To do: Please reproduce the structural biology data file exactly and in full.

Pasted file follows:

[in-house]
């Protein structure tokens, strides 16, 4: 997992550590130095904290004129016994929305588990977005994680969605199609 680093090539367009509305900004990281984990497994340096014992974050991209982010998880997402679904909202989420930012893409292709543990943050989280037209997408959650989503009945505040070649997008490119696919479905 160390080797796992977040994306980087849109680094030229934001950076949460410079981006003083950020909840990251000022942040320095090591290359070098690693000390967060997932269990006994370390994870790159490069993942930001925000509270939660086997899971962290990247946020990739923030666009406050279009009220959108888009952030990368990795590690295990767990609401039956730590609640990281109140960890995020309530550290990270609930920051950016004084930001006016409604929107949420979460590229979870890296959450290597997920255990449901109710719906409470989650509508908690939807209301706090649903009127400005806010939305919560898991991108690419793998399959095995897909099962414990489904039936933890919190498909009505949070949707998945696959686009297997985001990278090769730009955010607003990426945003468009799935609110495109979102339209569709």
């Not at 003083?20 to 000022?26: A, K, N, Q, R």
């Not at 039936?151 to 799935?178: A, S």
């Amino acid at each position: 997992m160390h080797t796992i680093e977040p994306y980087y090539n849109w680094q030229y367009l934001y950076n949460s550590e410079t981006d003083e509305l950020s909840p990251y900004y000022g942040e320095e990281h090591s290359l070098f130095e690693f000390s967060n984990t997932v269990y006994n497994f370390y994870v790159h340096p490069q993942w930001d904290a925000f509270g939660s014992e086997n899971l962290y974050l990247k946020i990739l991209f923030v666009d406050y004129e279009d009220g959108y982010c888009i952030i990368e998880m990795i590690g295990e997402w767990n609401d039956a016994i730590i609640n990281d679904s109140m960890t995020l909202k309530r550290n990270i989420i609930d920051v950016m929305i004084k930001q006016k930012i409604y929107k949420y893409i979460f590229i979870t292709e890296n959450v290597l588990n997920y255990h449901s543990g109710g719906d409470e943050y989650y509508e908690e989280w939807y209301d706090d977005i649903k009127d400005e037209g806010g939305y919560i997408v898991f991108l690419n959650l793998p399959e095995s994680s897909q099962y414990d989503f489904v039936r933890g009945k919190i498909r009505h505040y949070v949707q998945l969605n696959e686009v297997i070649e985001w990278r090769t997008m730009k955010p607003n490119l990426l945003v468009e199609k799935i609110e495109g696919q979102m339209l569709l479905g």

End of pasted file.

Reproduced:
[in-house]
């Protein structure tokens, strides 16, 4: 997992550590130095904290004129016994929305588990977005994680969605199609 680093090539367009509305900004990281984990497994340096014992974050991209982010998880997402679904909202989420930012893409292709543990943050989280037209997408959650989503009945505040070649997008490119696919479905 160390080797796992977040994306980087849109680094030229934001950076949460410079981006003083950020909840990251000022942040320095090591290359070098690693000390967060997932269990006994370390994870790159490069993942930001925000509270939660086997899971962290990247946020990739923030666009406050279009009220959108888009952030990368990795590690295990767990609401039956730590609640990281109140960890995020309530550290990270609930920051950016004084930001006016409604929107949420979460590229979870890296959450290597997920255990449901109710719906409470989650509508908690939807209301706090649903009127400005806010939305919560898991991108690419793998399959095995897909099962414990489904039936933890919190498909009505949070949707998945696959686009297997985001990278090769730009955010607003990426945003468009799935609110495109979102339209569709």
């Not at 003083?20 to 000022?26: A, K, N, Q, R």
């Not at 039936?151 to 799935?178: A, S």
């Amino acid at each position: 997992m160390h080797t796992i680093e977040p994306y980087y090539n849109w680094q030229y367009l934001y950076n949460s550590e410079t981006d003083e509305l950020s909840p990251y900004y000022g942040e320095e990281h090591s290359l070098f130095e690693f000390s967060n984990t997932v269990y006994n497994f370390y994870v790159h340096p490069q993942w930001d904290a925000f509270g939660s014992e086997n899971l962290y974050l990247k946020i990739l991209f923030v666009d406050y004129e279009d009220g959108y982010c888009i952030i990368e998880m990795i590690g295990e997402w767990n609401d039956a016994i730590i609640n990281d679904s109140m960890t995020l909202k309530r550290n990270i989420i609930d920051v950016m929305i004084k930001q006016k930012i409604y929107k949420y893409i979460f590229i979870t292709e890296n959450v290597l588990n997920y255990h449901s543990g109710g719906d409470e943050y989650y509508e908690e989280w939807y209301d706090d977005i649903k009127d400005e037209g806010g939305y919560i997408v898991f991108l690419n959650l793998p399959e095995s994680s897909q099962y414990d989503f489904v039936r933890g009945k919190i498909r009505h505040y949070v949707q998945l969605n696959e686009v297997i070649e985001w990278r090769t997008m730009k955010p607003n490119l990426l945003v468009e199609k799935i609110e495109g696919q979102m339209l569709l479905g």